Large industry shows like Interop Las Vegas are a great place for vendors to launch new products, for end users to find what they need to improve their business processes, and for us journalists to gather story ideas and to network. But what became obvious to me this time around is that vendors use these shows to test the limits of their technologies.
Large industry shows like Interop Las Vegas are a great place for vendors to launch new products, for end users to find what they need to improve their business processes, and for us journalists to gather story ideas and to network. But what became obvious to me this time around is that vendors use these shows to test the limits of their technologies."If you can make it here, you can make it anywhere," said Bruce Miller, director of product management at Xirrus, while I was visiting their booth at the Interop exhibit floor. Xirrus is the official Wi-Fi provider to Interop attendees and already has attracted more than 400 users-all connected to its network.
There are over 900 wireless access points set up at the show by different providers. "We're finding that our [Wi-Fi technology] is handling the load well and luckily we're avoiding interference with other Wi-Fi networks, which is a true test," Miller said.
Xirrus is also testing its technology with that of other vendors. Today it announced successful integration with a mobile-to-mobile convergence (MMC) system from DiVitas Networks that allows seamless roaming between Wi-Fi and cellular on mobile devices.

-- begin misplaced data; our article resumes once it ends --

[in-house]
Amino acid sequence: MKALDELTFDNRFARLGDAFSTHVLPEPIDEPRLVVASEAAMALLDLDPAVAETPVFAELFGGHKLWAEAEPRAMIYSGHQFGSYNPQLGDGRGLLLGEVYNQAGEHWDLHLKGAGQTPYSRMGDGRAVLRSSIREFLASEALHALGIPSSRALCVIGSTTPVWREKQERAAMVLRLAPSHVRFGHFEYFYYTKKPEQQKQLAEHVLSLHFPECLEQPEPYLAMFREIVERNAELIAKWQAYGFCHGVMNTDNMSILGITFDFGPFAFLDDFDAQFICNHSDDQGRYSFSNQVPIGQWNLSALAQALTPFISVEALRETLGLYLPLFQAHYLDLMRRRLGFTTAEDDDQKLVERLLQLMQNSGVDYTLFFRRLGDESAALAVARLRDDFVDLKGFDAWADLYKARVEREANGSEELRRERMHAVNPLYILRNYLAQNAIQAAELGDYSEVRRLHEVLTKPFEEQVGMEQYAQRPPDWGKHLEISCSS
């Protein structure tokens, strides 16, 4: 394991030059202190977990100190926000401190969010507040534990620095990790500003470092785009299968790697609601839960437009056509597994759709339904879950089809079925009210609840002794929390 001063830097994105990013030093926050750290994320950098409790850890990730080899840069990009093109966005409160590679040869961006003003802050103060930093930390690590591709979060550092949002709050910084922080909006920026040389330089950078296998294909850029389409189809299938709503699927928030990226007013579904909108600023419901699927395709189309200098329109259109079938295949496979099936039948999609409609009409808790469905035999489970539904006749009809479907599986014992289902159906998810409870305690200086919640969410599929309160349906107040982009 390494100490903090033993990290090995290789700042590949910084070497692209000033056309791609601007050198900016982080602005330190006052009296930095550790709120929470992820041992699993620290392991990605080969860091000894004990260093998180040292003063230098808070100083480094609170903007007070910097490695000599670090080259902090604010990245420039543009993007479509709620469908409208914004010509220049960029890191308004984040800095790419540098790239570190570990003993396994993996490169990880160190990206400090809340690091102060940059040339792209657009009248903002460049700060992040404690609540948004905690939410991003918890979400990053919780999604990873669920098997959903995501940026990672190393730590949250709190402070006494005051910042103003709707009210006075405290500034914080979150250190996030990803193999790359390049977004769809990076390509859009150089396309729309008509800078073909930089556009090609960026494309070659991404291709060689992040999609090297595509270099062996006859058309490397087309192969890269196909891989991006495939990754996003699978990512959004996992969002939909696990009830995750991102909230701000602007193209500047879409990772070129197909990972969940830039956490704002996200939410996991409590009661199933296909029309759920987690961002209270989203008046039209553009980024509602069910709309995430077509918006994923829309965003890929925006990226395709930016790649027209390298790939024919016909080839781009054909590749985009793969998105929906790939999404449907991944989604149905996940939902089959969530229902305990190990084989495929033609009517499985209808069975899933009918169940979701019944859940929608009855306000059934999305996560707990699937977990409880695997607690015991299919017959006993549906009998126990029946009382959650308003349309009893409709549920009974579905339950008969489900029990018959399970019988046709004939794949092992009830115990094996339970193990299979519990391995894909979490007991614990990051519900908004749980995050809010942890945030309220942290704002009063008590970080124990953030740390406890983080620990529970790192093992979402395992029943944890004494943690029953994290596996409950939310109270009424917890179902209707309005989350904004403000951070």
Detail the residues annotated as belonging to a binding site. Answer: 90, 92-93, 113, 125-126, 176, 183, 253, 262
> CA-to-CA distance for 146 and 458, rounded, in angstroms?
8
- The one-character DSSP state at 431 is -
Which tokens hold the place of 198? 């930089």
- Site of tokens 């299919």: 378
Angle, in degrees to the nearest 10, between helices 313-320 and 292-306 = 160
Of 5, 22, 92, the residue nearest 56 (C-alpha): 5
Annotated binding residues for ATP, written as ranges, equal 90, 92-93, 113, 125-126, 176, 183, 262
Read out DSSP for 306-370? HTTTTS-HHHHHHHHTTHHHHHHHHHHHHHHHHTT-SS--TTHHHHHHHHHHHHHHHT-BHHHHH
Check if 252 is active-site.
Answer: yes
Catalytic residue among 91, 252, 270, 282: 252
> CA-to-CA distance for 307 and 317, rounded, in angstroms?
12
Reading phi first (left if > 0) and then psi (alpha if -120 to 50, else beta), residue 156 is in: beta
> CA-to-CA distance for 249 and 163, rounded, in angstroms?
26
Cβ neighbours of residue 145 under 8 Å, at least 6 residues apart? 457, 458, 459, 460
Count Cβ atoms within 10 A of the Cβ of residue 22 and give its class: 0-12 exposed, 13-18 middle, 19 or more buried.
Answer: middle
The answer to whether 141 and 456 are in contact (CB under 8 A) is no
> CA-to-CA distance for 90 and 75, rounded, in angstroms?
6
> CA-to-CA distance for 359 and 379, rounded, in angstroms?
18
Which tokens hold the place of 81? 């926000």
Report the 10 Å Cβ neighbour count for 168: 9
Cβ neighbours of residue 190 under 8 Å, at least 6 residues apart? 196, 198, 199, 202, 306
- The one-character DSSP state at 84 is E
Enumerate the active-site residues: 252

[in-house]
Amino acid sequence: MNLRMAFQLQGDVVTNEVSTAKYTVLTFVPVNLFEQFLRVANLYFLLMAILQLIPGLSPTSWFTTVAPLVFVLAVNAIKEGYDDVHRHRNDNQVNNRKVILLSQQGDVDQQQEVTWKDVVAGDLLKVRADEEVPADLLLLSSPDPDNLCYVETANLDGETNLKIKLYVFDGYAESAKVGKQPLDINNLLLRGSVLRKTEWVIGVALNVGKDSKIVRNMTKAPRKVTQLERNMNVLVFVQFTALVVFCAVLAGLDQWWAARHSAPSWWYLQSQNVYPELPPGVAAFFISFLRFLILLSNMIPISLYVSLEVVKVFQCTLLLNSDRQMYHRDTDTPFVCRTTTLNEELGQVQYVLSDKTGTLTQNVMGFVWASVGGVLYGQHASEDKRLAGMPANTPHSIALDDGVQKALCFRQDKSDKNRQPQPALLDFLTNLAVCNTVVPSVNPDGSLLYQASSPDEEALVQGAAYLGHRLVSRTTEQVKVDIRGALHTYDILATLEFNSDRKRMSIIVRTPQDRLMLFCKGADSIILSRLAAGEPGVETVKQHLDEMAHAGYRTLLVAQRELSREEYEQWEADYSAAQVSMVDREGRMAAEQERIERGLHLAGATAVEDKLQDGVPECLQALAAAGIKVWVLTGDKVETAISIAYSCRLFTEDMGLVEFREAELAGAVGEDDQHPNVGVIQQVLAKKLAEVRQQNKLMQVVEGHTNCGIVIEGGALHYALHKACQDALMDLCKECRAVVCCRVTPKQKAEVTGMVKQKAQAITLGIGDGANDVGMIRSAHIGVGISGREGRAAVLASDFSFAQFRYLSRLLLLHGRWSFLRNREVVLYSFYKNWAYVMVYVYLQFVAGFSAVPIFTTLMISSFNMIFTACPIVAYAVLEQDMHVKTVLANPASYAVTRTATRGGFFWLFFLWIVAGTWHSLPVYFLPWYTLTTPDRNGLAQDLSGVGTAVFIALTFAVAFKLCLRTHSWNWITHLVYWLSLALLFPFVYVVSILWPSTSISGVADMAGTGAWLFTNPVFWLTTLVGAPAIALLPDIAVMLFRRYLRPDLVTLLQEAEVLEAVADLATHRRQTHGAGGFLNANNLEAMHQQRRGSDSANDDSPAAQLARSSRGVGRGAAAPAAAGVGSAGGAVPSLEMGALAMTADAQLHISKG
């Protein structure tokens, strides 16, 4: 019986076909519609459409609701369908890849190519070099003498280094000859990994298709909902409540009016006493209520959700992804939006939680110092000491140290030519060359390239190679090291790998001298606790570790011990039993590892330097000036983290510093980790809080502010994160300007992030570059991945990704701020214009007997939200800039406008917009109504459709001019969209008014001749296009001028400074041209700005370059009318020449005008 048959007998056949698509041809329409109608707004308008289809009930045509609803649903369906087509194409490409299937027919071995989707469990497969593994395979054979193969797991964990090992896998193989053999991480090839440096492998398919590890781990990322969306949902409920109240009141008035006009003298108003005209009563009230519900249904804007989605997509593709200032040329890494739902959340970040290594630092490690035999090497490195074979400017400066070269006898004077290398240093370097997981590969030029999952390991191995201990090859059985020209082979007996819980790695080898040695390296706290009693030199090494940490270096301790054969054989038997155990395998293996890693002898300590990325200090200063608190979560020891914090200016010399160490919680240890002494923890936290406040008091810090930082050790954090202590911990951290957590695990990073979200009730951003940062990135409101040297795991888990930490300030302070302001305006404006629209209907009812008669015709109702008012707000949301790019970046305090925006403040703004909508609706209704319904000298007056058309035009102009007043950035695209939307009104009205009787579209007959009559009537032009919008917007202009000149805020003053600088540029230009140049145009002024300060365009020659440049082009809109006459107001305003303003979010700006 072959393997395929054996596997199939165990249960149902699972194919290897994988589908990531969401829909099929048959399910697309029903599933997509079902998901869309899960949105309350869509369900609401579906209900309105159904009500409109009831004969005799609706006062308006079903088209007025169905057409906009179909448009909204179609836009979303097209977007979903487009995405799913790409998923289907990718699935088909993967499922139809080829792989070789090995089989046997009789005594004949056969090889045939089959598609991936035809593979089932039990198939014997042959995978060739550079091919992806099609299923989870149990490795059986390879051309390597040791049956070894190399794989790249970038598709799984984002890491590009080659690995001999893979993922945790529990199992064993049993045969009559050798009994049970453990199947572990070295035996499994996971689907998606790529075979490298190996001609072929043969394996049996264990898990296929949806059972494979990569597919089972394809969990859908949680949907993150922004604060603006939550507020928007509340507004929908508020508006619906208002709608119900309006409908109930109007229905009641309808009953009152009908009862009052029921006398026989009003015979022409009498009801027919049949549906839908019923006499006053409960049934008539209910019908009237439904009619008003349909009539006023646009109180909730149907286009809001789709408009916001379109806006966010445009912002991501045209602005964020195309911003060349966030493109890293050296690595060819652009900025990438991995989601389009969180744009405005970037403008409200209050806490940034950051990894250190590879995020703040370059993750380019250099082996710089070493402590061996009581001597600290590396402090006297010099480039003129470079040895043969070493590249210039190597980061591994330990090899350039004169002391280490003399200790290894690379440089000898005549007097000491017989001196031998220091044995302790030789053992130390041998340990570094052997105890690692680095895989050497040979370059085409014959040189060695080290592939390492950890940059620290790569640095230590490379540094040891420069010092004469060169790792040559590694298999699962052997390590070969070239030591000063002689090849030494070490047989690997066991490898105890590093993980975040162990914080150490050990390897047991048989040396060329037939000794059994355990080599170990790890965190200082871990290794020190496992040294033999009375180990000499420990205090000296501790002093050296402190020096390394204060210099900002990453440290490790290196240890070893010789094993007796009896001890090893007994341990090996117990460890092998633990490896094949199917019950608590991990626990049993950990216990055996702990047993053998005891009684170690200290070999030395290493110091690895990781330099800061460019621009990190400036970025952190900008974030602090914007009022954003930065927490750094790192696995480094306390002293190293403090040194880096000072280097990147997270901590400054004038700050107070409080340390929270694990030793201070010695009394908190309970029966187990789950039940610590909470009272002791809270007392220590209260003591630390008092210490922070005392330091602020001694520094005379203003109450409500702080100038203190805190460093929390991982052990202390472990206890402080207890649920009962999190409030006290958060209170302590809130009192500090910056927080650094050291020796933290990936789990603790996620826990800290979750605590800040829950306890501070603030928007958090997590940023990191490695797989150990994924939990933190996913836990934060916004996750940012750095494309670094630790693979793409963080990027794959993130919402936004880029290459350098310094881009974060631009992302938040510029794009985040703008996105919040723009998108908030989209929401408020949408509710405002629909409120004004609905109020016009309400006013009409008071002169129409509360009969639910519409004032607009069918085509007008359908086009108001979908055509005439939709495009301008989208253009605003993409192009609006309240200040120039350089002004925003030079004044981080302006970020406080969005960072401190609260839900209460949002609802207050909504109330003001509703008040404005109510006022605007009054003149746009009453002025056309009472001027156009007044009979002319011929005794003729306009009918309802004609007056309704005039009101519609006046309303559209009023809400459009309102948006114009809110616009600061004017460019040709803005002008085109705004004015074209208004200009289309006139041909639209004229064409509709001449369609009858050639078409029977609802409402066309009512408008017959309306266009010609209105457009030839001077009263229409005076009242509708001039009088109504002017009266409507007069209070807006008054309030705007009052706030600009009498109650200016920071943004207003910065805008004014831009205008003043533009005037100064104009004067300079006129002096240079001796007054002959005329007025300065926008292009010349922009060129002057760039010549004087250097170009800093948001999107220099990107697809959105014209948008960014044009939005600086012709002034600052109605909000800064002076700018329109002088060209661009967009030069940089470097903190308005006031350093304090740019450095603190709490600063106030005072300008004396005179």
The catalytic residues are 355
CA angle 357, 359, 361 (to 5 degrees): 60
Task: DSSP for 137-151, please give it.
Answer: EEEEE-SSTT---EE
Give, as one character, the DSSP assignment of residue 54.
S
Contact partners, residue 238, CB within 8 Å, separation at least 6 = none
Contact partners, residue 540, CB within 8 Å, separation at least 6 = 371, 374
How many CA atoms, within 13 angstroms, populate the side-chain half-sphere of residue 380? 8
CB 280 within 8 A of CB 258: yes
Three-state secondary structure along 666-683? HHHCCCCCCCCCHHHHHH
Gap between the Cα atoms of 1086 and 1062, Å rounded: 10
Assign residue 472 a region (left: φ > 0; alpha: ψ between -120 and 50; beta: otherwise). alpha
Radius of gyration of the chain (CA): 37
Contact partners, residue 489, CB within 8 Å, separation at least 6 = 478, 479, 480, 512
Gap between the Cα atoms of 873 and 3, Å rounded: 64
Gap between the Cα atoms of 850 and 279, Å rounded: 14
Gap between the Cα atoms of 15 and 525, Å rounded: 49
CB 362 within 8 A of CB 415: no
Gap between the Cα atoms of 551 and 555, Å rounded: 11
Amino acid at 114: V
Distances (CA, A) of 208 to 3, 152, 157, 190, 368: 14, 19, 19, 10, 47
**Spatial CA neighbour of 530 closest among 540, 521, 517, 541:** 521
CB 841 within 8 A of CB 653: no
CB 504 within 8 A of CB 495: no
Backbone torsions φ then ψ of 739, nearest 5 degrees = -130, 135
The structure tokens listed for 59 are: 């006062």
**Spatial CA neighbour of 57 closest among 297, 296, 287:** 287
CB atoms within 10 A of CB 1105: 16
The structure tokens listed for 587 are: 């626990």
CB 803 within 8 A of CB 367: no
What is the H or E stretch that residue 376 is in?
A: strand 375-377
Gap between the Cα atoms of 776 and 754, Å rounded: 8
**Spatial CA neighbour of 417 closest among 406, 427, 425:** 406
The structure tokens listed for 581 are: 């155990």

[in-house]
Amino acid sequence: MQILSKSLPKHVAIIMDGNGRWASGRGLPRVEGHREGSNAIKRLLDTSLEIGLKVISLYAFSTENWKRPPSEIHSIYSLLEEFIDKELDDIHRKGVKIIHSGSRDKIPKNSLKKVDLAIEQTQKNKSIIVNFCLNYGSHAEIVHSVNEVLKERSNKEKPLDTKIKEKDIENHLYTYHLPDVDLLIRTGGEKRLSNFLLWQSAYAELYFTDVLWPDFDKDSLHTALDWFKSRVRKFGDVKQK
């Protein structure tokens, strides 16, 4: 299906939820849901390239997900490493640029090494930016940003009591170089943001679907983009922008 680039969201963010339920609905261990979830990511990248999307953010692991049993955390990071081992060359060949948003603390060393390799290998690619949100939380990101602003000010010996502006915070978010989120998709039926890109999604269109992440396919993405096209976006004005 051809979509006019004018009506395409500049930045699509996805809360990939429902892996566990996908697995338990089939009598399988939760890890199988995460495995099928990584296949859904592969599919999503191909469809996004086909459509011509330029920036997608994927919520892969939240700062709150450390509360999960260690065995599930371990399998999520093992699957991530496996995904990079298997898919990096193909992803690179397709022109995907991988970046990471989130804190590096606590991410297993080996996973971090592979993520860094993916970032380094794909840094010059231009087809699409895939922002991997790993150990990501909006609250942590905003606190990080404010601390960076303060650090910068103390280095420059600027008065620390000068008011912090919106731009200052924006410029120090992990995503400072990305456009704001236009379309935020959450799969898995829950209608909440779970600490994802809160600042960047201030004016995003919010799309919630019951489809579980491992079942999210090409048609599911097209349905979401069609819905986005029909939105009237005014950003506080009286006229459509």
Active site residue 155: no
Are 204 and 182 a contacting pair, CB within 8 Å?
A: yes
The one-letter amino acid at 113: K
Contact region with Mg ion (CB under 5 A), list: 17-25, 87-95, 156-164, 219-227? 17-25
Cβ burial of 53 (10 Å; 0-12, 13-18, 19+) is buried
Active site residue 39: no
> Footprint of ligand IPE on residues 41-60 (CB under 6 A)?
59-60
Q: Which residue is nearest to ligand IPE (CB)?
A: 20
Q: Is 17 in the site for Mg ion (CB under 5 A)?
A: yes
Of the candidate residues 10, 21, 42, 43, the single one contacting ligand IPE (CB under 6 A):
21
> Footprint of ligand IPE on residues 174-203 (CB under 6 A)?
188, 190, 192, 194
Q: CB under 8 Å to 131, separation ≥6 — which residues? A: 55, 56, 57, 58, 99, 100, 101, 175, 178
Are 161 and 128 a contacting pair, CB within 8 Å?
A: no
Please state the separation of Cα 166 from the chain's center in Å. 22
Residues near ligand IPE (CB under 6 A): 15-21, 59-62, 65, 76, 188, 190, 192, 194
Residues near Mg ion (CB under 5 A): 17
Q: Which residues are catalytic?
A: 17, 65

This year's InteropNet, the name of the main Interop Wi-Fi network, is made up of Xirrus' Wi-Fi Arrays, DiVitas' MMC system, which includes an appliance and a mobile software client, and mobile devices from makers like Motorola and Nokia. "The official InteropNet show network was built by hand-selected, innovative vendors who have combined efforts to demonstrate the ultimate networking challenge-mobile-to-mobile convergence and seamless roaming," according to Glenn Evans, InteropNet lead network engineer.
A real-world example of convergence (that works) is definitely promising, considering it's still a new concept for many people. The challenge for businesses is to prepare their networks to be able to handle such a deployment. Unfortunately consumers will have to wait for cellular carriers to embrace dual-mode devices before they can truly experience convergence.
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